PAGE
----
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Opinion: We are witnessing — and experiencing — a horrifying amount of antisemitism

My mother used to tell me that antisemitism is one of the oldest hates, and it never goes away. But I never thought I would be seeing the same thing in 2023.

(Francisco Seco | AP) Photographs of people who were abducted during last week's unprecedented Hamas attack on Israel are fixed to a wall in Tel Aviv, Israel, Friday, Oct. 27, 2023.

My mother died in April. I miss her terribly. On Oct. 7, Israel was savagely attacked by Hamas terrorists. In many instances, the atrocities were broadcast by the terrorists themselves. People have had to see their friends and family members in hijacked livestreams. Officials report seeing beheaded babies, raped women and mutilated bodies.

What is almost more shocking than the atrocities committed by Hamas was the almost instantaneous celebration of the murders by academics, students and activists. In London. In Paris. In New York. On college campuses all over the United States. On the streets of Salt Lake City. And this was happening on Oct. 8 and Oct. 9 when Israelis were still burying the dead, still trying to identify the mutilated bodies.

Words matter, and calling out antisemitism when we see it is vitally important.

The amount of antisemitism that we are witnessing and experiencing is horrifying. And, for the first time since she passed, I am glad my mother isn’t alive to see this.

People who have no idea of what is actually happening, no knowledge of history — or even of facts — are blaming Israel. As if Israelis deserved this barbarous attack.

There are people who say, “It’s complicated.” No, it isn’t. Hamas is a jihadist terror cult who carried out a planned massacre and took hundreds of hostages. Most of them were non-combatants from a sovereign country. There is nothing “complicated” about this. It is pure evil.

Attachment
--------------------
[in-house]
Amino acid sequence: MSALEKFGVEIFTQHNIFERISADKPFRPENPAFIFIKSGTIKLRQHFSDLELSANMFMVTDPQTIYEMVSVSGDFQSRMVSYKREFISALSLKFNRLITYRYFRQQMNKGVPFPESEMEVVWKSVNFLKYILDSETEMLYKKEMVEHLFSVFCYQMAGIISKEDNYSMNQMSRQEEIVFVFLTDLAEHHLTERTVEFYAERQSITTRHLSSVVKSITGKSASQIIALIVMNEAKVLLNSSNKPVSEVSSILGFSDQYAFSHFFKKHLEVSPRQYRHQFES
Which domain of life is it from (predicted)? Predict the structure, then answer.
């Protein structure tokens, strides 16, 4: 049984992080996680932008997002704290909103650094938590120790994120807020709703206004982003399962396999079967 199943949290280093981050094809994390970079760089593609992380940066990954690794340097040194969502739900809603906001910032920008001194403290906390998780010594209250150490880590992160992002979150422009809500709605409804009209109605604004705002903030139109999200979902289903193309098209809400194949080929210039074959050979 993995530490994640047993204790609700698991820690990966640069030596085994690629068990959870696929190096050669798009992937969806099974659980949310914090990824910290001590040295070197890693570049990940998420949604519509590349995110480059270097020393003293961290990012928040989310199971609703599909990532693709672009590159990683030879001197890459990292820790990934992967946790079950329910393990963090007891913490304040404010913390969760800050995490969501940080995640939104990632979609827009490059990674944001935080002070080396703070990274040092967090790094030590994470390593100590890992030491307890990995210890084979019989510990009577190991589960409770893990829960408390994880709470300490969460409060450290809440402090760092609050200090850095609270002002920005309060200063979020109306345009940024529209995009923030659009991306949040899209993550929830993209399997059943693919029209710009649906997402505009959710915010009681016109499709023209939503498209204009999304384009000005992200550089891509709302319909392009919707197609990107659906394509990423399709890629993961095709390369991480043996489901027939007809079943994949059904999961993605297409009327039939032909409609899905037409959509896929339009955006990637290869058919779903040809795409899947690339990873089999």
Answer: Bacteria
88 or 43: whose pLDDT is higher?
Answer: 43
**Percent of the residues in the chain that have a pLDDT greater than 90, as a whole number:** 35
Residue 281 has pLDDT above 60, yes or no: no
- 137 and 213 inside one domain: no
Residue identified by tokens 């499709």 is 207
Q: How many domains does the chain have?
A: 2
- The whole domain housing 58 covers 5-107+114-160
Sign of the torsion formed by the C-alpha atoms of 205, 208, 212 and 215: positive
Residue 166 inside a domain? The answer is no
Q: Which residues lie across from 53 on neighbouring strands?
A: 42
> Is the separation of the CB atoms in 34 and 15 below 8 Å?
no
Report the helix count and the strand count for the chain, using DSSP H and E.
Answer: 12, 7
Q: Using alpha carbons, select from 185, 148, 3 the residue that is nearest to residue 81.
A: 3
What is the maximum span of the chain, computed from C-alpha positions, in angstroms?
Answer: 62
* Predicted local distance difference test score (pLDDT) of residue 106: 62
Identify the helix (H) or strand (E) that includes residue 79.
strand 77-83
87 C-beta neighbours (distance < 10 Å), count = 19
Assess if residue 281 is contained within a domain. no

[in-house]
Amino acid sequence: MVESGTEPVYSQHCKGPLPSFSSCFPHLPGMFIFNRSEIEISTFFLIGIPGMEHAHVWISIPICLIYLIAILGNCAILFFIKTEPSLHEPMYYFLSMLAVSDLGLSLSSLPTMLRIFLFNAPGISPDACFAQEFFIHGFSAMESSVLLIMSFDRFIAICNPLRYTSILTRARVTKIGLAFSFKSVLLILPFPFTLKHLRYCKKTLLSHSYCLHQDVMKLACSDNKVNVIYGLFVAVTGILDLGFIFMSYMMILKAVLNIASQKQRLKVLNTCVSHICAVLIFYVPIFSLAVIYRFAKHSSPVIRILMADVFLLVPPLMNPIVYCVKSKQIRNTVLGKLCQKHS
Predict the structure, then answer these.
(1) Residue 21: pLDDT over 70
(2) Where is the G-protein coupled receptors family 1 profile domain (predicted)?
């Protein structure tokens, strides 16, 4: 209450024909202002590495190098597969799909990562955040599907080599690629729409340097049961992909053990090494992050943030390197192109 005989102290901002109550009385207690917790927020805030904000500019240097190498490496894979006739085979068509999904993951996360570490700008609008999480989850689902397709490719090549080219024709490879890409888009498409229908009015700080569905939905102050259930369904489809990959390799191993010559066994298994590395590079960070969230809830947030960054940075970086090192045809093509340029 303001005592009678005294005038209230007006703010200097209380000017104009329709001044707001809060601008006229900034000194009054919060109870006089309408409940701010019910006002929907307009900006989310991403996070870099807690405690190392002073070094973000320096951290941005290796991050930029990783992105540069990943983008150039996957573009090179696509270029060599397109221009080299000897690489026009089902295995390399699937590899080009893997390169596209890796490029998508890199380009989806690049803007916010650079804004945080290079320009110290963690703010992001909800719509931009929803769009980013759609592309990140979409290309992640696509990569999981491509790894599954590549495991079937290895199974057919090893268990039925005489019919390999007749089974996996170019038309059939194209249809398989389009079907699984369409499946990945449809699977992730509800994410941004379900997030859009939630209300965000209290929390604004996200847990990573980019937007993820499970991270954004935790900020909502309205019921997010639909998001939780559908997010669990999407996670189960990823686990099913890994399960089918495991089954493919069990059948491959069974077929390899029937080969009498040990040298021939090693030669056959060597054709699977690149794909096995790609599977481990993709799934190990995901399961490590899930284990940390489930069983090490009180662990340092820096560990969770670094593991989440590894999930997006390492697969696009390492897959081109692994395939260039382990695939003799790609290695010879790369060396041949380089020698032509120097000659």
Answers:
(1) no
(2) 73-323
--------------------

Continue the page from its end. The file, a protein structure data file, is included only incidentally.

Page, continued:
I remember my mom telling me what it was like growing up in Los Angeles during World War II, when the kids would goose-step around the classroom Nazi-like and make fun of her because she was a Jew. Her teachers turned a blind eye. She said she was fearful to wear a Star of David necklace because of how dangerous it could be to appear outwardly Jewish. She used to tell me that antisemitism is one of the oldest hates, and it never goes away. But truthfully, I never thought I would be seeing the same thing in 2023. In Utah.

Our synagogues had bomb threats called in on Oct. 8. We need to have armed guards at our buildings. My daughter’s “friends” on Instagram ask her why Israel is occupying Gaza, and what did they expect?

Israel has not “occupied” Gaza. In fact, Israel disengaged from Gaza in 2005. Hamas, an ISIS-like terror organization, was fully in control of Gaza after “winning” the election in 2007. This quasi-government did nothing at all to actually govern. They did nothing to improve the lives of the citizens of Gaza. They are brutalizing the people of Gaza. Hamas has absolutely no due-process, no freedom of the press and no human rights. They repress women, they outlaw same-sex relationships, they kill any Palestinian opposition and they use children as human shields. LGBTQ+ rights in Gaza? Non-existent.

They took lots (and lots) of international money — not to build schools or hospitals or playgrounds or universities — to build a huge network of underground tunnels and stockpile rockets and weapons. They tore up water pipes and used them as rockets. They took water, fuel and food away from the citizens and used it to further their terror network. Gazans living under Hamas rule are deeply suffering.

And Hamas talks openly and brazenly about killing all Jews. Period.

This attack was not about creating a state for the Palestinian people. This was not about negotiating for a peace treaty between Israel and the Palestinians. This attack was simply about murdering Israelis.

I miss my mother every day, but I am somewhat comforted by the notion that she is not alive to witness the overwhelming antisemitism that has bubbled up to the surface. Although she probably wouldn’t be surprised.

Michele Sackheim Wein

Michele Sackheim Wein is a retired periodontist, wife and mother who lives in Utah.

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